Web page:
Achieving accurate forecasts requires buy-in from all levels. Transparency and collaboration are crucial. When everyone understands the goals and is aligned, they work together effectively, surpassing their quotas.

Real-World Example

Jeremy shared a real-world example of how his team quickly adapted to a last-minute deal fallout. They closed multiple deals on the same day by opening their laptops and collaboratively identifying solutions. This showcases the power of a well-aligned team committed to achieving their targets.

Buy-In for Effective Forecasting

Achieving accurate and reliable sales forecasts hinges significantly on obtaining buy-in from your leaders. It starts by engaging with the organization’s leadership to assess and refine existing processes like BANT or MEDDIC. This involves asking critical questions about who developed these processes and understanding the reasoning behind their current structure.

By involving leaders in discussions about what works and what doesn’t, you gather essential feedback that guides necessary adjustments. This collaborative approach ensures the processes are practical and tailored to the organization’s needs.

Training sessions, such as initial stand-up meetings, help identify areas where team members might struggle with the process. Rather than enforcing rules harshly, it’s about guiding them, showing where they might be missing key components, and reinforcing the correct methods.

The show-share-observe method

Leaders demonstrate the correct approach, share their insights and practices, and then observe their team members replicating these methods. This hands-on guidance helps solidify the process across all levels.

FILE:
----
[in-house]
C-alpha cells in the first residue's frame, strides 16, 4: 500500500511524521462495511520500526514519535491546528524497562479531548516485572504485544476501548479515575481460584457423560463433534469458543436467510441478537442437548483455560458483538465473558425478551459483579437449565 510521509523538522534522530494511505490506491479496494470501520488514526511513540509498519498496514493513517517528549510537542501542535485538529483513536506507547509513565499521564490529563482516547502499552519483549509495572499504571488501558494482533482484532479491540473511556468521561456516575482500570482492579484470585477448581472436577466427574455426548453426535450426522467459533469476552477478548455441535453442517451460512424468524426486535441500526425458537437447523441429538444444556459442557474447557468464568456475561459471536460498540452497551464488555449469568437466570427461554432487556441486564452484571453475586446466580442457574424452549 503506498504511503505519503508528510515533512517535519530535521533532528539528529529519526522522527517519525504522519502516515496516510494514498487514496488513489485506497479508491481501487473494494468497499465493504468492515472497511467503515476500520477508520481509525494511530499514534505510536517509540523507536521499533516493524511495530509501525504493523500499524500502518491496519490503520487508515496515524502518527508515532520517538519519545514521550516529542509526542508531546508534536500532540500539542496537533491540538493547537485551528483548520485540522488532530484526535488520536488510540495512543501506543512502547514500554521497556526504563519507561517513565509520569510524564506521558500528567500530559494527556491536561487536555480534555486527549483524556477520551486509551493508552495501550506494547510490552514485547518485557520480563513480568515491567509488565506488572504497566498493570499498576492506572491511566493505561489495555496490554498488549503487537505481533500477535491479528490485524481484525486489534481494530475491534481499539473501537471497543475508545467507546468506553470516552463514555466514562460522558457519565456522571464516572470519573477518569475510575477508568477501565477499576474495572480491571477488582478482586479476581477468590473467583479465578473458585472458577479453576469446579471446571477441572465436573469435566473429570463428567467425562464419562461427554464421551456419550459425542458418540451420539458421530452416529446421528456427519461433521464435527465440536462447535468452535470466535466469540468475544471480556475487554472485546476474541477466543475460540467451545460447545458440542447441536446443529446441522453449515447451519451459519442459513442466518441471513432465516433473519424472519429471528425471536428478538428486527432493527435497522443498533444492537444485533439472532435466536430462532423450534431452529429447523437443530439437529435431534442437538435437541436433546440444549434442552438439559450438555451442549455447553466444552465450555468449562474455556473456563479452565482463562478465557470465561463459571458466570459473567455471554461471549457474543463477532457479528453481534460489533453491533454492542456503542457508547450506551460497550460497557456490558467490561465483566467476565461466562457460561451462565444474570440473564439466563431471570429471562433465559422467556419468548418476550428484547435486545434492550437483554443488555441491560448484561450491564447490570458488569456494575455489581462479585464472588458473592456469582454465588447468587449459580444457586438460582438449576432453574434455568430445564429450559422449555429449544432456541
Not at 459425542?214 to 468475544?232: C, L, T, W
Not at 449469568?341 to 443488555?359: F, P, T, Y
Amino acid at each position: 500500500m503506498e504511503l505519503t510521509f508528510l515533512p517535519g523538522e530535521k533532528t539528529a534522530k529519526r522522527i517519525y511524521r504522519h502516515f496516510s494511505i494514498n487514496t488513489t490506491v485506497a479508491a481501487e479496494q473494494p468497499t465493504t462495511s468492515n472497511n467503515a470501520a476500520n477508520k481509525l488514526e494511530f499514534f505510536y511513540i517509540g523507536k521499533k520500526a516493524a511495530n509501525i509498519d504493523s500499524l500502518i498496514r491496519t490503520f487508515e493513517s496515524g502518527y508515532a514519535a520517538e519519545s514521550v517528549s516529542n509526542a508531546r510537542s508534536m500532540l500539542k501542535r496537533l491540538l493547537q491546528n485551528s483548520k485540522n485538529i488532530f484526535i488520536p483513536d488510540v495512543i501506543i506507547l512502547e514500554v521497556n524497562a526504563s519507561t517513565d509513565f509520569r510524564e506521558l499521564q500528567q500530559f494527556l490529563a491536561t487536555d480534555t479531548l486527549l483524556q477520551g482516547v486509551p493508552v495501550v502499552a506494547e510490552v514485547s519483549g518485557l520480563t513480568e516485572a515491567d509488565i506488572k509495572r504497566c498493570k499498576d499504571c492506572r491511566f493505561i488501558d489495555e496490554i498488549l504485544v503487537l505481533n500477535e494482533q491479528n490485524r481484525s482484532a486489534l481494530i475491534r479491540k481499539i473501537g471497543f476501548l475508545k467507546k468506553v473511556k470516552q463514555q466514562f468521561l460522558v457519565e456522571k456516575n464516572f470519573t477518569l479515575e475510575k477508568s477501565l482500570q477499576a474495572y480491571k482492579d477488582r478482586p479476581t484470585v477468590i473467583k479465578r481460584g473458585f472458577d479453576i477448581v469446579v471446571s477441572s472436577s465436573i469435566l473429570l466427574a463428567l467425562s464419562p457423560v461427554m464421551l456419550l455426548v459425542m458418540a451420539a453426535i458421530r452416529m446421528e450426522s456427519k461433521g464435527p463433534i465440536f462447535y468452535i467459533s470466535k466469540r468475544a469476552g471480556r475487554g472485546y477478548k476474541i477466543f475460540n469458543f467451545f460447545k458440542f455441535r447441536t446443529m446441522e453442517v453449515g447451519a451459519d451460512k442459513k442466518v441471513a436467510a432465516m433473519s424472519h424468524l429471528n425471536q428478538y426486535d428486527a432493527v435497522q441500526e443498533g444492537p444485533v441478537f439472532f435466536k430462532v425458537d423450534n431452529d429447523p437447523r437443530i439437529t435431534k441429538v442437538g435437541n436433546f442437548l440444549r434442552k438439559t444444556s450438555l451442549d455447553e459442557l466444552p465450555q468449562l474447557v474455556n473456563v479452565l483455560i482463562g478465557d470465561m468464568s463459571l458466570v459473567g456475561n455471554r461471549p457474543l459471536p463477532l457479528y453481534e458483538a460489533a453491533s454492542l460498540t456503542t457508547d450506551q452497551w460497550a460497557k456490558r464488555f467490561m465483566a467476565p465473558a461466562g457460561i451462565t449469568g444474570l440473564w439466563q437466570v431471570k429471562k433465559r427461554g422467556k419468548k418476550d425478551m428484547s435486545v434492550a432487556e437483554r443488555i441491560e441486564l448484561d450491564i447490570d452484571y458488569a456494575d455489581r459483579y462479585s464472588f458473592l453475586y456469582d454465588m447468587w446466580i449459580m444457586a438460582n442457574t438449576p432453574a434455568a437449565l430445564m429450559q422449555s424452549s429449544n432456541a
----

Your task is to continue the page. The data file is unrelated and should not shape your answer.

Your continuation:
Accountability is crucial. Ensuring that reps’ deals are transparent and visible to the entire team fosters a sense of responsibility and accuracy in data entry. This transparency is critical to maintaining predictable revenue streams.

Leaders should balance guidance with support, avoiding punitive measures that create fear. Instead, they should foster an environment where reps feel comfortable sharing accurate information, which leads to more reliable forecasts.

Involving leaders, refining processes collaboratively, and building a supportive and transparent culture are essential for achieving precise and predictable sales forecasts. This approach ensures everyone is aligned and working towards the same goals, enhancing overall organizational performance.

Shared Definitions and Processes

Clear definitions and processes are essential in sales forecasting. Jeremy emphasizes the importance of having a shared understanding across all levels of the sales organization. This ensures everyone is on the same page and can efficiently contribute to forecasting.

Defining the Stages

Discovery Phase:
  • Identify Problem: Recognize the issue the customer is facing.
  • Identify Product: Determine the product that will solve the problem.
  • Establish Urgency: Understand the urgency of solving the problem.
Propose Phase:
  • Executive Buyer: Know who the executive buyer is and ensure the deal is multi-threaded.
  • Shared Pricing: Discuss and confirm pricing with the customer.
  • Implementation Plan: Share the implementation plan and discuss timelines.
  • Paper Process: Understand the approval process, including any legal or board approvals required.
Best Case and Commit:
  • Best Case: Deals with a verbal agreement but may lack one element, such as additional approval.
  • Commit: Deals that have a verbal agreement and meet all criteria.